Andy Roddick and Milos Raonic Make Serve-fests Fun

If there’s one type of match that makes me want to pick up a shotgun and blow my brains out, it’s when two servers on the ATP tour meet and we have to watch as they combine to hit 957 aces, with three tiebreak sets finishing in about 20 minutes.
That was almost exactly what we got in yesterday’s Memphis final between Andy Roddick and Milos Raonic, but I’m still live and kicking. Why? Because I actually enjoyed it.
What I loved is that though regular play was decided almost exclusively by aces and unreturned serve, the two tiebreaks we witnessed became, ironically, absolutely nothing about their serves. As nerves came into play, both began to miss their first serves and we were quickly watching some actual rallies. Don’t get me wrong, these rallies weren’t jam packed with incredible tennis, but in a similar way that some of the low-quality WTA epics draw you in, it was gripping stuff.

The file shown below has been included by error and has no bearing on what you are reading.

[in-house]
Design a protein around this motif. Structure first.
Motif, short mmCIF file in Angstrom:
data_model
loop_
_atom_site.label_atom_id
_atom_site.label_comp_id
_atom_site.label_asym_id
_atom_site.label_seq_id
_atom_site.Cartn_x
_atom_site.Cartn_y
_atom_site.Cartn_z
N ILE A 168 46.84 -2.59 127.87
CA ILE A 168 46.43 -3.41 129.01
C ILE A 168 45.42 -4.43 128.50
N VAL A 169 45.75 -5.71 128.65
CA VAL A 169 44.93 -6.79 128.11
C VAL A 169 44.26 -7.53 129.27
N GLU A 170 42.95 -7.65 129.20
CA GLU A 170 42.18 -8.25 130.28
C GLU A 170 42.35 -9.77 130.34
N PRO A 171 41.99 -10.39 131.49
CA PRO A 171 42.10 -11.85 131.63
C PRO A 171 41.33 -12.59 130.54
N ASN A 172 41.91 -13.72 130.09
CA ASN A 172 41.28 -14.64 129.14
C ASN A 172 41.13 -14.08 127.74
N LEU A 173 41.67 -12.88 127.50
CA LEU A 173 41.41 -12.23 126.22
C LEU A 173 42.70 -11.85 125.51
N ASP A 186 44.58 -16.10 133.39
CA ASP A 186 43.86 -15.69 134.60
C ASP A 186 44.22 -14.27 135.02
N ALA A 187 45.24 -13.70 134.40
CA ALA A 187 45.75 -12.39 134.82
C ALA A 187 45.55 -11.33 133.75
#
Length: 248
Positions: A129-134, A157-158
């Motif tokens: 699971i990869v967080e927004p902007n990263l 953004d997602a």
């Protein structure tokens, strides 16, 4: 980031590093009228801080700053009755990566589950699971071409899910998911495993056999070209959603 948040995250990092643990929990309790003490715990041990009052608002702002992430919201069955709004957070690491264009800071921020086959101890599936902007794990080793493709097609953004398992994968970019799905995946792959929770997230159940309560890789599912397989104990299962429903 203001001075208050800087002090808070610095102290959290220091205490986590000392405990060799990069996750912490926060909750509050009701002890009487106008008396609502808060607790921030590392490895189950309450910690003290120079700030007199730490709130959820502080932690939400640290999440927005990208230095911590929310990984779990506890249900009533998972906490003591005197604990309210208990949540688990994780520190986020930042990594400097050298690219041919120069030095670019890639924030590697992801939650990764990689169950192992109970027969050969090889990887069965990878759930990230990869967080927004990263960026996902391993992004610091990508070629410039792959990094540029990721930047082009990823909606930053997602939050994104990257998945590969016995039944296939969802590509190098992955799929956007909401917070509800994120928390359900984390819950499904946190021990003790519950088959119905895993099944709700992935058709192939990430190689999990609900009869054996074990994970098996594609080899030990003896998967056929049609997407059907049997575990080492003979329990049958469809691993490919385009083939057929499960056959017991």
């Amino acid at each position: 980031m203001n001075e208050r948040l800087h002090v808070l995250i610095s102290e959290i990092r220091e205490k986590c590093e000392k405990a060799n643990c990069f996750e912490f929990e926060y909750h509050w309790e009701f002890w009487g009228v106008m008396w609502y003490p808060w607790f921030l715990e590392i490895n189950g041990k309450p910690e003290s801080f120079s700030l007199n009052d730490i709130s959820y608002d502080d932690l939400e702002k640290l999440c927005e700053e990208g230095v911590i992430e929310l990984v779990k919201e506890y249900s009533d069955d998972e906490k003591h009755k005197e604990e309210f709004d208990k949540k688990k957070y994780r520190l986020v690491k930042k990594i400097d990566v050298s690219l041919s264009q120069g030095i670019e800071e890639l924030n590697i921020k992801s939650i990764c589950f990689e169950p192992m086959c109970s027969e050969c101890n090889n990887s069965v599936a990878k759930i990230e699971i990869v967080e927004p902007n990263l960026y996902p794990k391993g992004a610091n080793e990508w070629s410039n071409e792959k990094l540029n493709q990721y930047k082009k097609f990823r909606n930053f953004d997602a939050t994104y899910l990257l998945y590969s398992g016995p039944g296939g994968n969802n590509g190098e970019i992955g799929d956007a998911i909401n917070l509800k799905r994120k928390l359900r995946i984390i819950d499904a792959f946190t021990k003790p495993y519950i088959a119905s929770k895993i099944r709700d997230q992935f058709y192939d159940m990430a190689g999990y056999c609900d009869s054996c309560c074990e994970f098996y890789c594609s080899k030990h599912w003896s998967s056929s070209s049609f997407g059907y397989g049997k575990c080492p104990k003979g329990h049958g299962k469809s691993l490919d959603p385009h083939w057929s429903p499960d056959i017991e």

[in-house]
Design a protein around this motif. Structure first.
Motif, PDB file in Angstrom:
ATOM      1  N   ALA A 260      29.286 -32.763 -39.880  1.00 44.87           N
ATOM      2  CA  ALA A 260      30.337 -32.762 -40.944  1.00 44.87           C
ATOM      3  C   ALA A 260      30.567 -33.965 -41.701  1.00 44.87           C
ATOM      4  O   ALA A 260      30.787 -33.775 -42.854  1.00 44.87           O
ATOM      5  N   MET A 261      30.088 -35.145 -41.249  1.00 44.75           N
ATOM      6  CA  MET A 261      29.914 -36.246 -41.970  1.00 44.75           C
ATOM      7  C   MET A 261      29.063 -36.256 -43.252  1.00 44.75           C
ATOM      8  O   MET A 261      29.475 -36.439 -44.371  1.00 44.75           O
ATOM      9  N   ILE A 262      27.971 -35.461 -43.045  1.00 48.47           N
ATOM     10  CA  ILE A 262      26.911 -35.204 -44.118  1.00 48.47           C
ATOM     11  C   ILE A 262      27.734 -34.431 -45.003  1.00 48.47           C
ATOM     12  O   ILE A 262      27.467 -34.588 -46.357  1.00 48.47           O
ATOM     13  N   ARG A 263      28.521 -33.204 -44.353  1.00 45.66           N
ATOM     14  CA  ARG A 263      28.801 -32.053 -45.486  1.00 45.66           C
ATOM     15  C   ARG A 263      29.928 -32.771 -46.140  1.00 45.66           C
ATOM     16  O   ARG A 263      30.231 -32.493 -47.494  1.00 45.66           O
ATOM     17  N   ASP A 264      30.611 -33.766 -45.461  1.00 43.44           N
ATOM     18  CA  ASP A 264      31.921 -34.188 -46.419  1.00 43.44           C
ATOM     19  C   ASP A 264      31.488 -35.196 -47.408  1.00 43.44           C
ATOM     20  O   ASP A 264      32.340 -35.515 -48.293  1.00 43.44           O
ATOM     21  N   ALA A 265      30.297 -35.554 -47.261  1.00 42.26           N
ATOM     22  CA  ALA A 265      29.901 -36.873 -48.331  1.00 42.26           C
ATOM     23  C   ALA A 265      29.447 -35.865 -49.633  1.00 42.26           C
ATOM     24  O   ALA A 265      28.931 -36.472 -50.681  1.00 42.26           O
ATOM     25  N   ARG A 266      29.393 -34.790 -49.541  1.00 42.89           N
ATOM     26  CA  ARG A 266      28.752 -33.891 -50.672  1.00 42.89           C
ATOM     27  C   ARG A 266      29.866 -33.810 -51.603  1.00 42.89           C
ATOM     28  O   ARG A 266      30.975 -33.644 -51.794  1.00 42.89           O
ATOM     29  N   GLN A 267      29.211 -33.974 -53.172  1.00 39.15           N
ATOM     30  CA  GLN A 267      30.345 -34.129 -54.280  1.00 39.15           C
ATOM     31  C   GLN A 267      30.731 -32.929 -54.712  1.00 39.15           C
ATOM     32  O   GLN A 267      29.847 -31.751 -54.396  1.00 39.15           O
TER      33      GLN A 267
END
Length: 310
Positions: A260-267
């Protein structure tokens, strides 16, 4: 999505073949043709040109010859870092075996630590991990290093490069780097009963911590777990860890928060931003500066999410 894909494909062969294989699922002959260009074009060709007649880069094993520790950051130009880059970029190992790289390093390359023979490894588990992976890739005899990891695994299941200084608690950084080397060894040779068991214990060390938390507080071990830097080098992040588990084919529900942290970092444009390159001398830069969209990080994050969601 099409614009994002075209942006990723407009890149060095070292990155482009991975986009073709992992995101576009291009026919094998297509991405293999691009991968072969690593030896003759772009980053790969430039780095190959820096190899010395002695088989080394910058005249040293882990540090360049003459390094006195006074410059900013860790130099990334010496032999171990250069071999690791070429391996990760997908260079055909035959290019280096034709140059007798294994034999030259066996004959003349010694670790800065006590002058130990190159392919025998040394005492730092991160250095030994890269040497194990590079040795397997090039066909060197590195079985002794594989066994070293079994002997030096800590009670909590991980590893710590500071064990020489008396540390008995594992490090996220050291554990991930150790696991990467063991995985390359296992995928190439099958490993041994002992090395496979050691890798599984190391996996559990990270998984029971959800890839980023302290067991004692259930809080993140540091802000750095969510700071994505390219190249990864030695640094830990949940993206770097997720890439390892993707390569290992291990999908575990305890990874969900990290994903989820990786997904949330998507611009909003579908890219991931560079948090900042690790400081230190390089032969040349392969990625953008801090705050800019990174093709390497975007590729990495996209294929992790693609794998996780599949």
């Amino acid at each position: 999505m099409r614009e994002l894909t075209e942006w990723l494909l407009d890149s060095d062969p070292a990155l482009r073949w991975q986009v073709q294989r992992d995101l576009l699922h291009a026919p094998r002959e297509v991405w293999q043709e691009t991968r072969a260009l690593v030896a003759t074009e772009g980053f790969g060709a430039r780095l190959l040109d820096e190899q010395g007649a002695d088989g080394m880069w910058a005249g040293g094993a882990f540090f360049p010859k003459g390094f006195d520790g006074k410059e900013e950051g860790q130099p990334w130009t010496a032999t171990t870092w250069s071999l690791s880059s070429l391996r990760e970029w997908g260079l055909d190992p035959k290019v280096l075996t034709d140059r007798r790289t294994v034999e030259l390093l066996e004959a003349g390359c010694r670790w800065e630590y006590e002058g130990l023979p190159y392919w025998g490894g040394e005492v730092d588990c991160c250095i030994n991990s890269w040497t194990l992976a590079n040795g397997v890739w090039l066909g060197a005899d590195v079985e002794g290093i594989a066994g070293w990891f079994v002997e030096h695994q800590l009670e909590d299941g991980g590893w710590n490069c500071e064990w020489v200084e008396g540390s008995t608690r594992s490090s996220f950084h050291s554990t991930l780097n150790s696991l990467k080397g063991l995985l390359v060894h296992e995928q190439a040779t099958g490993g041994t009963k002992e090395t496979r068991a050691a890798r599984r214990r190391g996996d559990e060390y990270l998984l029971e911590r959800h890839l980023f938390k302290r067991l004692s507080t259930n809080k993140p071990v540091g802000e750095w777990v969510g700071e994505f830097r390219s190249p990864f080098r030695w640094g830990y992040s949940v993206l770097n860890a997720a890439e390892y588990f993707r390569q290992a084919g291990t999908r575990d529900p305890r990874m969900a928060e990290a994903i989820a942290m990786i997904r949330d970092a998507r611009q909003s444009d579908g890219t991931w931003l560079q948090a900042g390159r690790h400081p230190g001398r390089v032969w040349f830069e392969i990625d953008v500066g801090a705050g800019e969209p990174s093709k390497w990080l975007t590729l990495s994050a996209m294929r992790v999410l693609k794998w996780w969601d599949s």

In those rallies, it was clear that Andy was largely looking to draw an error, slicing and keeping the ball low. Which would’ve been a genius plan against a 1.96m player if he didn’t insist on slicing to Raonic’s forehand. On the other side, Raonic was looking to be aggressive, but he refused to change the direction of the ball which led to a load of rallies exclusively featuring Andy’s sliced backhand and Raonic’s inside out forehand. Which again was weird and completely random, but ultimately nailbitingly tense.